Clearer skies on weekend but respite likely to be short

Singapore enjoyed clearer skies for most of yesterday, but the respite is expected to be short.

Yesterday, the 24-hour Pollutant Standards Index (PSI) stayed mostly within the moderate range of 51 to 100. But it began rising towards the upper end in the afternoon. The three-hour PSI rose from 109 at 2pm to 137 at 9pm.

The National Environment Agency (NEA) forecast the 24-hour PSI to be in the low to mid sections of the unhealthy range of 101 to 200 today. It may enter the high end if unfavourable winds blow in denser haze from Indonesia.

Deputy Prime Minister Teo Chee Hean posted on his Facebook page that he had received a call yesterday from Indonesia's Coordinating Minister for Political, Legal and Security Affairs Luhut Panjaitan.

The latter assured Mr Teo that the Indonesian government is taking the haze very seriously and deploying more troops to deal with the fires that are causing it.

Mr Teo said he reiterated Singapore's offer to assist Indonesia in putting out the fires, and that this would be a sign of co-operation between the two countries.

Haze levels here peaked at a 24-hour PSI reading of 267 to 322, crossing the 301 mark for hazardous air quality, at 8am last Friday - the highest levels since the new PSI was launched in April last year.

On Friday, lessons were stopped at primary and secondary schools, kindergartens and special education schools under the Ministry of Education, and religious schools and kindergartens under the Islamic Religious Council of Singapore.

With the forecast, all schools will resume classes today.

Schools have haze management plans, air purifiers and sufficient enclosed spaces for their students, the ministry said yesterday.

As the 24-hour PSI is expected to stay in the unhealthy range, schools will minimise outdoor activities and exempt students who are feeling unwell or have pre-existing lung or heart conditions from all physical exercise.

While the better air conditions persisted yesterday, Singaporeans were out cycling, jogging, brisk walking and doing other activities.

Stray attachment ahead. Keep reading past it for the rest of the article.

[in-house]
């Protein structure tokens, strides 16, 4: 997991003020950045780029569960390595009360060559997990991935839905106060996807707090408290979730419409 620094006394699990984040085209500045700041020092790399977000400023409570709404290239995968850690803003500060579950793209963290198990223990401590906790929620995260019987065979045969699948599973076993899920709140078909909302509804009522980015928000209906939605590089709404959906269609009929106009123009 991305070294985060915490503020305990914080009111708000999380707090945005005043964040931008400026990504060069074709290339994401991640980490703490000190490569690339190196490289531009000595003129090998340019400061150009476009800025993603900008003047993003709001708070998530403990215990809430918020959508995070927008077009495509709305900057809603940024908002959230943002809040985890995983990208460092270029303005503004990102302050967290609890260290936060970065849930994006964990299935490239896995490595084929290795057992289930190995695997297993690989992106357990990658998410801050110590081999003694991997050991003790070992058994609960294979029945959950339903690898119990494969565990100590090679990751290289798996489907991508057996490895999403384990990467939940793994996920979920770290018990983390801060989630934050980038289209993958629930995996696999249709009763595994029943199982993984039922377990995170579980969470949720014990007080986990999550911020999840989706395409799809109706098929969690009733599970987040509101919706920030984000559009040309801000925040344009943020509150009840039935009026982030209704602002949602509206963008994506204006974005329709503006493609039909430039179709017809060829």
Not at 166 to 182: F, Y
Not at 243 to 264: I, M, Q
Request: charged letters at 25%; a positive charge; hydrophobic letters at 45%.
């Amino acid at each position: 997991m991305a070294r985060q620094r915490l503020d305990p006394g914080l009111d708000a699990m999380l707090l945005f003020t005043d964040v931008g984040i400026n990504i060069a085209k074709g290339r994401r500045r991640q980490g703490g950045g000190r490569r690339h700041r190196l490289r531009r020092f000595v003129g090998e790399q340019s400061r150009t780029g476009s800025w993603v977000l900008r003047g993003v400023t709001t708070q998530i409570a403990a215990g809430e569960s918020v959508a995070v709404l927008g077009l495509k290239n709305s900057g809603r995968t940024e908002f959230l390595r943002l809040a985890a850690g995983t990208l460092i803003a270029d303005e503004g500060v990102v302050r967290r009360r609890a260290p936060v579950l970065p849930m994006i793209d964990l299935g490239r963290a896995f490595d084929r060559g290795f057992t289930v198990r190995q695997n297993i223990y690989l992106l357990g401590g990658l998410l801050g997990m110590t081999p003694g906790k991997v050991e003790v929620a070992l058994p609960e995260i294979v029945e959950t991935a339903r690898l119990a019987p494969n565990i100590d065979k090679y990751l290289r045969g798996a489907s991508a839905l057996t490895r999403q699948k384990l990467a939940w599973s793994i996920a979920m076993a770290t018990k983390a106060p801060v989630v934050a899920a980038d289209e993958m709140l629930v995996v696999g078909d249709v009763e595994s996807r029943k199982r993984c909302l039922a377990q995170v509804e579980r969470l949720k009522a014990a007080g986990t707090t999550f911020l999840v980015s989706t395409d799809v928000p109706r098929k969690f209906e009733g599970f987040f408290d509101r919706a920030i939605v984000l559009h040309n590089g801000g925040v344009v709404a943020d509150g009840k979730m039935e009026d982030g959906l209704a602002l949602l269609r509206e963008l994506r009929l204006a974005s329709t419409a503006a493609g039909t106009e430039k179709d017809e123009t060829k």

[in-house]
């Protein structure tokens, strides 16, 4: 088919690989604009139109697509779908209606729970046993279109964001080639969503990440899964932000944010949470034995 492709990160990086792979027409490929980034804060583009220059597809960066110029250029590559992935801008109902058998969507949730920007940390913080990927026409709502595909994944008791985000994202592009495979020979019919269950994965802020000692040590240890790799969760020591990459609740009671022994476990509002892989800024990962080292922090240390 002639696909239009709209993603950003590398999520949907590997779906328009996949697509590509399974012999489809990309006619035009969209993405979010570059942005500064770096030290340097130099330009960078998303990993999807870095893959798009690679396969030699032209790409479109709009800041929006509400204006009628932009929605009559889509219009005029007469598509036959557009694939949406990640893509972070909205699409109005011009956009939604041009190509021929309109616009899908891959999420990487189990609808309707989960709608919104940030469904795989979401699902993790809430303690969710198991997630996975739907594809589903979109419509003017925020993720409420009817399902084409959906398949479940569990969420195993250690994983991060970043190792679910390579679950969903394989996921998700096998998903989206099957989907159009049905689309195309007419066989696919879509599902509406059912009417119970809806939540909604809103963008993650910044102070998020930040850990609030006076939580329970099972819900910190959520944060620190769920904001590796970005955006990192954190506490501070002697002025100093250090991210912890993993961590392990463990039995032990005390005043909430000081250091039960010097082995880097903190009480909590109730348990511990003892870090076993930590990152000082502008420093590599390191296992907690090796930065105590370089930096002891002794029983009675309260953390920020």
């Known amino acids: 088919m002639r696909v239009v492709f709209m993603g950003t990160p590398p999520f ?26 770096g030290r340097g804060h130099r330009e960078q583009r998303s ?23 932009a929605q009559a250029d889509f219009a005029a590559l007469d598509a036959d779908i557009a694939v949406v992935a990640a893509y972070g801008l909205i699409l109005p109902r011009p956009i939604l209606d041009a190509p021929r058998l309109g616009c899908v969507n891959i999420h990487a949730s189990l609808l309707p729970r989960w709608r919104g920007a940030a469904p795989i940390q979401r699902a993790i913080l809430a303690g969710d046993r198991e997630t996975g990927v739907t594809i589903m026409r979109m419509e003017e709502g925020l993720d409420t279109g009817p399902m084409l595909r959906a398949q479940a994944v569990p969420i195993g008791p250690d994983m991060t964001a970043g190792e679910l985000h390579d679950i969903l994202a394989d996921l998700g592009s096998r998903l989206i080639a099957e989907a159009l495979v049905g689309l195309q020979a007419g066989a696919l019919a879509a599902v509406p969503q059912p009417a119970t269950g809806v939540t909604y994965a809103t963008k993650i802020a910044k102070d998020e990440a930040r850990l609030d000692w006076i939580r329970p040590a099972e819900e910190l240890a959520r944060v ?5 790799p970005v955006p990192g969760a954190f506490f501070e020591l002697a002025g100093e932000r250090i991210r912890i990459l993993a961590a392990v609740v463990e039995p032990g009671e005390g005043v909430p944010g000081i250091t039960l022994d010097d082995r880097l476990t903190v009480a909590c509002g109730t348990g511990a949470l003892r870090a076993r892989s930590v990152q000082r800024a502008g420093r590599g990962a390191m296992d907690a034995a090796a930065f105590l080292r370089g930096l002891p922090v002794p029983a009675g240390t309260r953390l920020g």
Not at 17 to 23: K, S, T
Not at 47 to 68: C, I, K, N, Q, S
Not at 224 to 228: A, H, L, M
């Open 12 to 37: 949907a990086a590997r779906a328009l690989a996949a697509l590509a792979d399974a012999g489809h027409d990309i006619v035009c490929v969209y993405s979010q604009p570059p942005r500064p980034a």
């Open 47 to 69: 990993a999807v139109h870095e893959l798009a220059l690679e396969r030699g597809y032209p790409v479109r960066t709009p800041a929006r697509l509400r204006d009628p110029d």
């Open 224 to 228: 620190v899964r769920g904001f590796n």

Playgroup teacher Clara Wee, 56, went for a 6km walk with her husband at Changi Point, which they completed "with ease".

"The air is much better today and it was especially noticeable during my walk. I could breathe much more easily," she said.

But the haze is expected to remain until November.

Minister of State for National Development and Defence Maliki Osman yesterday made sure residents of Pulau Ubin would be well-equipped with haze protection kits. With volunteers from Siglap grassroots organisations, he distributed WeCare Packs, containing items including N95 masks, lozenges, eyedrops and food items such as instant noodles and canned sardines, to residents there. Thirty residents live on the island that is part of Dr Maliki's constituency in East Coast GRC.

He made stops at seven households and three shops there, but noted that most households had received N95 masks from the Siglap grassroots leaders. Those who have not will get them soon.

A mask collection point has also been set up at a bicycle shop near the jetty, run by the village chief, Mr Chu Yok Choon, 70. Madam Huang Ya Shan, 77, who received a WeCare Pack, was thankful for the items.

"It shows they care or they wouldn't have come all the way to give it to me personally," said the drink stall owner.

This article was first published on Sep 28, 2015.
Get a copy of The Straits Times or go to for more stories.